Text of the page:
If you’re claiming any sort of benefits, here’s a run-down of how the changes could affect you.
Child tax credit
As of April 6, the income limit for Child Tax Credit is going down. Child Tax Credit payments are linked to income. You can usually get the credit as long as your income doesn’t exceed £41,300.
From April 6, this limit will be lower for most people because it will be dependent on your own individual circumstances.
For example, you may not qualify for Child Tax Credit after April 6 if you have one child and your income exceeds around £26,000 or if you have two children and you income is more than around £32,200.
You may still qualify for Child Tax Credit after the start of the new tax year if your income is more than these amounts though. For example, if you are disabled, have more than two children or if you pay for registered childcare, you may still be eligible.
To find out how your own payments may be affected, HMRC recommends checking your award notice for the period of April 5, 2011 to April 5, 2012, which will tell you if you’re eligible for Child or Working Tax Credits, and how much you’re entitled to.
Working Tax Credit
If you’re a couple with at least one child, new working hours’ rules for Working Tax Credit will come into effect on April 6.
Currently, if you’re responsible for at least one child and you’re working at least 16 hours a week, you can claim Working Tax Credit. From April 6, you’ll need to be working 24 hours a week as a couple to qualify.
If you both work, your joint weekly hours must be at least 24, with one of you working at least 16 hours per week. If just one of you works, that person must work at least 24 hours per week.
If you don’t meet either of these criteria, your Working Tax Credit will stop on April 6, save for a few exceptions. For example, you’ll still qualify if one of you is aged 60 or over and works at least 16 hours per week.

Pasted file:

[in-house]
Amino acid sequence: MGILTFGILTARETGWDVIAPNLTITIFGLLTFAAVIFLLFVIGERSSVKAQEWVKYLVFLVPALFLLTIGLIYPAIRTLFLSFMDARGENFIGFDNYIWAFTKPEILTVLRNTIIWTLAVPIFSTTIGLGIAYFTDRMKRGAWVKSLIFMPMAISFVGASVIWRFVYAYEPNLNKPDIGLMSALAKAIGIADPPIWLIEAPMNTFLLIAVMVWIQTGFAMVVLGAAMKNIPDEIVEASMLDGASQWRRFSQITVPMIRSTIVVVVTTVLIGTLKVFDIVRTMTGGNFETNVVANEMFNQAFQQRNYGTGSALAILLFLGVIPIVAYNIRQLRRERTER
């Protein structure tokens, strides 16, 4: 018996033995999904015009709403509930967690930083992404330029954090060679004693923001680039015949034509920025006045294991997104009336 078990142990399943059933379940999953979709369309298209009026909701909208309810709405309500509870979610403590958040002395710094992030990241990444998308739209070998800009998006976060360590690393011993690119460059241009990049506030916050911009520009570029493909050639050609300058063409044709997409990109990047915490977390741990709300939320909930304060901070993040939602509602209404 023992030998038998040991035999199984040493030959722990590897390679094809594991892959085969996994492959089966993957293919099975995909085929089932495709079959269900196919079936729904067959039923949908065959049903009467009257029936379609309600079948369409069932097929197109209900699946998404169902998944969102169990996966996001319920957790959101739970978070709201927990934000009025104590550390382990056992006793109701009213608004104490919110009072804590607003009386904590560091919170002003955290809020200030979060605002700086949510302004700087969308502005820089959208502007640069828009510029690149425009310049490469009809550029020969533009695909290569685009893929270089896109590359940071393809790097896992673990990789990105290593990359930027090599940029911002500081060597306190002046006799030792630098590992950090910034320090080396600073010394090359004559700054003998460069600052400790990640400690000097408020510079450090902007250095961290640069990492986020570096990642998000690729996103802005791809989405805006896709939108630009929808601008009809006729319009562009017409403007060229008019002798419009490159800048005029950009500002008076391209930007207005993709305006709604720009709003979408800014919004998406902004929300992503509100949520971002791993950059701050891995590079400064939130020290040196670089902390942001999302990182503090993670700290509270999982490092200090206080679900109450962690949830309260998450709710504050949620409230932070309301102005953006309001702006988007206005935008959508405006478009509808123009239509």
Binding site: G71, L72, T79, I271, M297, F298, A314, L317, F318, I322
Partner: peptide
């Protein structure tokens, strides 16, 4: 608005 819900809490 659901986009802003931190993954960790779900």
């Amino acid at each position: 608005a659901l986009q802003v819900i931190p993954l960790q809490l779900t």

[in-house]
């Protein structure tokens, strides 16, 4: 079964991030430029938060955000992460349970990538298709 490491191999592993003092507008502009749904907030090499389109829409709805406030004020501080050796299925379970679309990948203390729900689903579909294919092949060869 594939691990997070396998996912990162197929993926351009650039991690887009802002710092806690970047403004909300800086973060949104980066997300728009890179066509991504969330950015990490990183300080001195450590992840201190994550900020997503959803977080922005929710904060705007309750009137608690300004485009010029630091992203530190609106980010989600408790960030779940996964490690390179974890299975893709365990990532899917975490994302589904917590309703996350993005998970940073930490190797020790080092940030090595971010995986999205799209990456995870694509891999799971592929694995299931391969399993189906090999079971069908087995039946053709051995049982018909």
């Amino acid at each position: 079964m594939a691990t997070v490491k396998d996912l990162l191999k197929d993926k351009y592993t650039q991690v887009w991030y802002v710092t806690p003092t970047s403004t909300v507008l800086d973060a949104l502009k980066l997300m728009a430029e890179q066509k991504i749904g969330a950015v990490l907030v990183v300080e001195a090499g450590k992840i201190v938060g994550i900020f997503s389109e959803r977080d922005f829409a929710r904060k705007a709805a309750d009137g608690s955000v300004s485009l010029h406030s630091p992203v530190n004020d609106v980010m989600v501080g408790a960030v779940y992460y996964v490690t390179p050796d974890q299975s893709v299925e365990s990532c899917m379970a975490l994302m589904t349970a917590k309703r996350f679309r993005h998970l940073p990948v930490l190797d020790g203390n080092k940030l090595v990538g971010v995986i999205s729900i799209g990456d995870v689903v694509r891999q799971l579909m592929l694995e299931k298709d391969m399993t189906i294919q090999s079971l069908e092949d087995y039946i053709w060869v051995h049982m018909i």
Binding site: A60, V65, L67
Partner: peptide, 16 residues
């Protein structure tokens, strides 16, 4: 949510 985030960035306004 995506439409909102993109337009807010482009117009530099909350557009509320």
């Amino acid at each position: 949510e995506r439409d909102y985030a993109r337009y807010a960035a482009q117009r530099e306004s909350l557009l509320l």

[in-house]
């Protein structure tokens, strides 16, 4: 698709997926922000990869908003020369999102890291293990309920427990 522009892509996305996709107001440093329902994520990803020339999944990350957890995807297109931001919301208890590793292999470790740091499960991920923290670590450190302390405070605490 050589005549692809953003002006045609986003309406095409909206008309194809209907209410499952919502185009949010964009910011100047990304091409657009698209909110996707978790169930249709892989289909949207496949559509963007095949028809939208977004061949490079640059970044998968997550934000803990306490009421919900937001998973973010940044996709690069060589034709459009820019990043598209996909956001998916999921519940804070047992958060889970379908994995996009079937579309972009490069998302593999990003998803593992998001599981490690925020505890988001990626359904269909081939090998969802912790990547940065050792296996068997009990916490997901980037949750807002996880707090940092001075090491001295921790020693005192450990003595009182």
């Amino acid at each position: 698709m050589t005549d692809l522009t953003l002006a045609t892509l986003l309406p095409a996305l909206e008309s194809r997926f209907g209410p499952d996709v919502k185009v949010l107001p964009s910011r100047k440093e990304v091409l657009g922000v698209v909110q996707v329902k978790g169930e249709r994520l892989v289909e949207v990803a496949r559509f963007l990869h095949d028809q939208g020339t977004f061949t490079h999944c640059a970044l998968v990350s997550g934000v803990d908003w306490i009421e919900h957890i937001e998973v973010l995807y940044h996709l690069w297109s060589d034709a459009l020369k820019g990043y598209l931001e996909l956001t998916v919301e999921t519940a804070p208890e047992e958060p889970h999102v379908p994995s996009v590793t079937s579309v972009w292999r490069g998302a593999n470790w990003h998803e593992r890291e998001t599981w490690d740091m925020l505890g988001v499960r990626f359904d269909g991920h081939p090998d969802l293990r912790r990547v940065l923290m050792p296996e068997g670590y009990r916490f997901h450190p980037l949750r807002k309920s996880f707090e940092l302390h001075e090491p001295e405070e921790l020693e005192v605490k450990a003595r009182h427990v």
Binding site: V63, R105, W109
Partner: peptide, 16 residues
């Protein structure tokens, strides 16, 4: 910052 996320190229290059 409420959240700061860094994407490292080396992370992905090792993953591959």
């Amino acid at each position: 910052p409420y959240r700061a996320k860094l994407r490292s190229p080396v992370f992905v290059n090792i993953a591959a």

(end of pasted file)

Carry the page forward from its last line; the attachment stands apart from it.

If you get Working Tax Credit because of a disability, you’ll still get it after April 6 as long as you work at least 16 hours per week and qualify for the ‘disability element’ of Working Tax Credit.
If one of you is ill, an in-patient in hospital or in prison, you’ll still qualify for Working Tax Credit as long as one of you works at least 16 hours per week and the other is either: receiving benefits due to ill-health, an in-patient in hospital, in prison serving a custodial sentence or being remanded in custody awaiting trial or sentence.
If your annual income for the current tax year is lower than the previous year, you may get extra tax credits for the current year.
As of April 6, if your income goes down it might not affect your payments until the following year.
For example, if your income in the current tax year decreases by £2,500 or less, your payments for the current tax year won’t change (assuming all your other circumstances stay the same.) The Tax Office will use your new income figure to work out what to pay you in the following tax year.
If your income goes down by more than £2,500 in the current tax year, the Tax Office will re-work your tax credits, ignoring the first £2,500 of the reduction. They will consider the full reduction into account when they calculate what to pay you for the next tax year.